New York Attorney General Wants State Regulators To Oversee Crypto

Media sources report that the Attorney General of New York, Letitia James, recently introduced a bill to increase the New York Department of Financial Services’ (NYDFS) ability to oversee digital assets. The proposed legislation would require exchanges to compensate customers who fall victim to fraud.

A Call For Extra Enforcement Powers

According to reports, Attorney General Letitia James has been actively involved in crypto, taking action against Celsius, Nexo, and KuCoin in recent months. Despite legal uncertainties, James has argued that specific crypto tokens should be classified as securities or commodities.

In a lawsuit filed in March, Attorney General James alleged that tokens, including ETH, should have been registered with her office as securities. She made similar claims following the collapse of the LUNA token, one of the governance tokens associated with the now-defunct Terra Labs.

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For the proposed bill to become law, it still needs to be approved by the state lawmakers. Meanwhile, Celsius founder, Alex Mashinsky, refuted allegations made by Attorney General James earlier this week, stating that he did not mislead investors about the crypto lending platform before it filed for bankruptcy in 2020.

The Celsius founder debunked an allegation of fraud in a lawsuit filed against him by the state of New York. Mashinsky argued that James had selectively chosen statements made by Celsius investors.

James reportedly stated that the former Celsius boss misled investors about the company’s financial health during his time as the firm’s CEO.

Voting Against Crypto Payment

Meanwhile, North Carolina’s House of Representatives recently voted unanimously in favor of a bill to prevent all government agencies and institutions from accepting payments in digital assets. In a unanimous vote of 118-0, with two absences excused, lawmakers approved the bill’s second reading.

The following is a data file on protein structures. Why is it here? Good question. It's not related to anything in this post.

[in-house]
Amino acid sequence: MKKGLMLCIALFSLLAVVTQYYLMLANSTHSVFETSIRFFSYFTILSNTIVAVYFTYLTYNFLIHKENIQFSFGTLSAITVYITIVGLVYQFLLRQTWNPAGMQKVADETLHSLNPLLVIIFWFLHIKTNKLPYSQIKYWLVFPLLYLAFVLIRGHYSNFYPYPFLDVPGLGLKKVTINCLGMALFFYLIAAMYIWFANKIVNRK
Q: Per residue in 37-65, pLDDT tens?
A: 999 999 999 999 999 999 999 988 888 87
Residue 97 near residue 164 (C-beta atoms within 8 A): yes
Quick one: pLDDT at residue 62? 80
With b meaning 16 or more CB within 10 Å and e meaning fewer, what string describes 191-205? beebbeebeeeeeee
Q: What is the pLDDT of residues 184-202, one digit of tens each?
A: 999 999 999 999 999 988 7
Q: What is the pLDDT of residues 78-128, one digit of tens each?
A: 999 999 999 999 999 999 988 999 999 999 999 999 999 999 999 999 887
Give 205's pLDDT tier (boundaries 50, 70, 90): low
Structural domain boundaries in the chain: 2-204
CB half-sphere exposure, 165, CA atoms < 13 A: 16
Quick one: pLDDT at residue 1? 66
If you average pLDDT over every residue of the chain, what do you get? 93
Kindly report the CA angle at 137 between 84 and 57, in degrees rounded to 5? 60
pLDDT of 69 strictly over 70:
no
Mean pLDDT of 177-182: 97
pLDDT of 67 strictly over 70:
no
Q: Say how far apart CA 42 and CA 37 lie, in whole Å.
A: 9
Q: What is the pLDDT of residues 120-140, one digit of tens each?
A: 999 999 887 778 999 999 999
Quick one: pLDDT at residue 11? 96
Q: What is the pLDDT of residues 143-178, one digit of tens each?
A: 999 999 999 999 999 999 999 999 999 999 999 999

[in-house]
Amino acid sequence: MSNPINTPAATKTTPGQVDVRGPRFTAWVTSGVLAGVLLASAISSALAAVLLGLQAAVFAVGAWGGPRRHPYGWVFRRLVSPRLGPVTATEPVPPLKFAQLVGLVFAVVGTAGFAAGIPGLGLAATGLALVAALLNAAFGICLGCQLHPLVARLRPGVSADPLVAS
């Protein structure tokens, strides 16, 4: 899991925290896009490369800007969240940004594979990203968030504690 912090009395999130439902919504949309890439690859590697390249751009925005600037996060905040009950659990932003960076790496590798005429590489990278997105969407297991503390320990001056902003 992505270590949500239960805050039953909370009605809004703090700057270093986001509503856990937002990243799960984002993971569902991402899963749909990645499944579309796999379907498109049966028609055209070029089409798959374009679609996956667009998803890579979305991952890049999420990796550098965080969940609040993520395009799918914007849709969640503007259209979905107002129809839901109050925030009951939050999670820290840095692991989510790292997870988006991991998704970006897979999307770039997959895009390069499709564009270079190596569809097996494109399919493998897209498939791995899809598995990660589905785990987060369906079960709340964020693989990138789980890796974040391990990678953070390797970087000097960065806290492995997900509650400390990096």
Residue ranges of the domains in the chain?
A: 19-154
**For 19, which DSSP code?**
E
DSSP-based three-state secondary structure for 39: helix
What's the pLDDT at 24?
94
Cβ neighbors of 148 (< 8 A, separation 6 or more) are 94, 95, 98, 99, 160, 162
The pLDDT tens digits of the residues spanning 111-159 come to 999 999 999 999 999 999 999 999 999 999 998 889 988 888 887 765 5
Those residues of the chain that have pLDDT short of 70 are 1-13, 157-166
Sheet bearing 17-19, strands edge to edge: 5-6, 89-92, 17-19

The proposed bill prevents the state’s court system and affiliated agencies from accepting any digital dollar issued by the Federal Reserve. Additionally, the bill prohibits the state from participating in any Central Bank Digital Currencies (CBDCs) trials.

Although the U.S. Treasury Department has indicated that it is considering issuing a digital dollar, other nations, such as China, have already conducted trials for the digital version of their fiat currencies. Similarly, the European Union has started a two-year trial period for the digital euro.

As the debate over a digital dollar heats up, some American lawmakers are becoming increasingly opposed to its issuance. For example, Florida Governor Ron DeSantis has proposed a bill prohibiting CBDC payments in his state.

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Meanwhile, Representative Tom Emmer (R-Minn.), known for his pro-crypto stance, has warned that CBDCs could be used as a political tool if they fall into the wrong hands. Originally titled “No Cryptocurrency Payments to State,” the North Carolina bill was introduced last month.

But it has since been revised to address digital currencies issued by the U.S. Federal Reserve. The updated version of the bill was filed on Tuesday, May 2.

Author: Owen Clark

Owen Clark, a seasoned crypto newsman and broker, deciphers the intricacies of the digital currency realm, empowering investors with his astute analysis and actionable insights.

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